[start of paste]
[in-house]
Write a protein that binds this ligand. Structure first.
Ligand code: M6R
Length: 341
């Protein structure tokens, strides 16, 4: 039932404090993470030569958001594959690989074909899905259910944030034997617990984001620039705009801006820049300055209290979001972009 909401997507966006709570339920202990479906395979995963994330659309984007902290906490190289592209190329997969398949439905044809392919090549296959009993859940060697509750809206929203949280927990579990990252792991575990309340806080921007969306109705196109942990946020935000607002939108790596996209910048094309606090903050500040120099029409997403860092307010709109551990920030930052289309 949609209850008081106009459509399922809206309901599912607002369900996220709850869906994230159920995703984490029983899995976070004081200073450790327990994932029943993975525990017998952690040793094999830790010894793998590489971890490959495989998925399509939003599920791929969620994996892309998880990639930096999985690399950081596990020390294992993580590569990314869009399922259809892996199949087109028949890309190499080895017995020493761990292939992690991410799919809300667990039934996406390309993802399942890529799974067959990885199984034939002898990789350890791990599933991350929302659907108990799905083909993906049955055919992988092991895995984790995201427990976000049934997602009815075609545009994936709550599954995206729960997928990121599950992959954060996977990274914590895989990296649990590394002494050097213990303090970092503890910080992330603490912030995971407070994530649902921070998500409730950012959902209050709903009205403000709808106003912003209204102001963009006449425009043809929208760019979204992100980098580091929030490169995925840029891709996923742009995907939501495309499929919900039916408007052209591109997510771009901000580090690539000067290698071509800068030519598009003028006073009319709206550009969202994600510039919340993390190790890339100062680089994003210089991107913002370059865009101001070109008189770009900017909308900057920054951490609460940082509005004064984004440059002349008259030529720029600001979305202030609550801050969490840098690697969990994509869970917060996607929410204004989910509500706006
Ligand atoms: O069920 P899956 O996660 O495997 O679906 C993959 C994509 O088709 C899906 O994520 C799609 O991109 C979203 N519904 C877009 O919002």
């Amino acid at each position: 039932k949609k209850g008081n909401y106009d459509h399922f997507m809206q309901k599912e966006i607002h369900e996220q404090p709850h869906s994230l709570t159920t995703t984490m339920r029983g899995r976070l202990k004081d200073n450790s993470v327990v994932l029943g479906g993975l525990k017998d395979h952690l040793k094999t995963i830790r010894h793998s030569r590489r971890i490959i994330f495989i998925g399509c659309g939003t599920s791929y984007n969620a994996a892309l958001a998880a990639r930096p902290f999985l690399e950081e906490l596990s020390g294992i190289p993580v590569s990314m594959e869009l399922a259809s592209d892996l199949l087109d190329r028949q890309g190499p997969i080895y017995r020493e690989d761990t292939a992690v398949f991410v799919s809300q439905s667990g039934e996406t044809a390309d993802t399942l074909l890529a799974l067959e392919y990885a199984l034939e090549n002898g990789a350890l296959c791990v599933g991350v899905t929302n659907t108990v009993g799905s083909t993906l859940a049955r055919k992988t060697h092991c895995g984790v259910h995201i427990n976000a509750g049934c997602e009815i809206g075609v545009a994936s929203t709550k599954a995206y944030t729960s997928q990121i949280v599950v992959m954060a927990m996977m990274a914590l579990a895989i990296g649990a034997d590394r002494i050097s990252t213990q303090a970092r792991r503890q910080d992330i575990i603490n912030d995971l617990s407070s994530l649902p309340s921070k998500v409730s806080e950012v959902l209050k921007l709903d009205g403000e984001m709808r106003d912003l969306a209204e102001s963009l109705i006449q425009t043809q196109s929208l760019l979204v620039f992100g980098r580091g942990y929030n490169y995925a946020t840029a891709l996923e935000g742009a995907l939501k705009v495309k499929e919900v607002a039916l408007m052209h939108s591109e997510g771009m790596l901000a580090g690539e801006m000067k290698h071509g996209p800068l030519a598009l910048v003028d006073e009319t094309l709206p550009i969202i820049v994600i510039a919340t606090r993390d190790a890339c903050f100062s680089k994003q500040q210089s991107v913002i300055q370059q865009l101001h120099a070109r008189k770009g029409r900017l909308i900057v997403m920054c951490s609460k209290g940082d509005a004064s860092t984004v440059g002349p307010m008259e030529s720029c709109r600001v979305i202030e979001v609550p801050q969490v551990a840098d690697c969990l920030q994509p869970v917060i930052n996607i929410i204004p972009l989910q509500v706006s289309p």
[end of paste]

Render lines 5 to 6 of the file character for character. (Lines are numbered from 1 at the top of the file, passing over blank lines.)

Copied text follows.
């Protein structure tokens, strides 16, 4: 039932404090993470030569958001594959690989074909899905259910944030034997617990984001620039705009801006820049300055209290979001972009 909401997507966006709570339920202990479906395979995963994330659309984007902290906490190289592209190329997969398949439905044809392919090549296959009993859940060697509750809206929203949280927990579990990252792991575990309340806080921007969306109705196109942990946020935000607002939108790596996209910048094309606090903050500040120099029409997403860092307010709109551990920030930052289309 949609209850008081106009459509399922809206309901599912607002369900996220709850869906994230159920995703984490029983899995976070004081200073450790327990994932029943993975525990017998952690040793094999830790010894793998590489971890490959495989998925399509939003599920791929969620994996892309998880990639930096999985690399950081596990020390294992993580590569990314869009399922259809892996199949087109028949890309190499080895017995020493761990292939992690991410799919809300667990039934996406390309993802399942890529799974067959990885199984034939002898990789350890791990599933991350929302659907108990799905083909993906049955055919992988092991895995984790995201427990976000049934997602009815075609545009994936709550599954995206729960997928990121599950992959954060996977990274914590895989990296649990590394002494050097213990303090970092503890910080992330603490912030995971407070994530649902921070998500409730950012959902209050709903009205403000709808106003912003209204102001963009006449425009043809929208760019979204992100980098580091929030490169995925840029891709996923742009995907939501495309499929919900039916408007052209591109997510771009901000580090690539000067290698071509800068030519598009003028006073009319709206550009969202994600510039919340993390190790890339100062680089994003210089991107913002370059865009101001070109008189770009900017909308900057920054951490609460940082509005004064984004440059002349008259030529720029600001979305202030609550801050969490840098690697969990994509869970917060996607929410204004989910509500706006
Ligand atoms: O069920 P899956 O996660 O495997 O679906 C993959 C994509 O088709 C899906 O994520 C799609 O991109 C979203 N519904 C877009 O919002």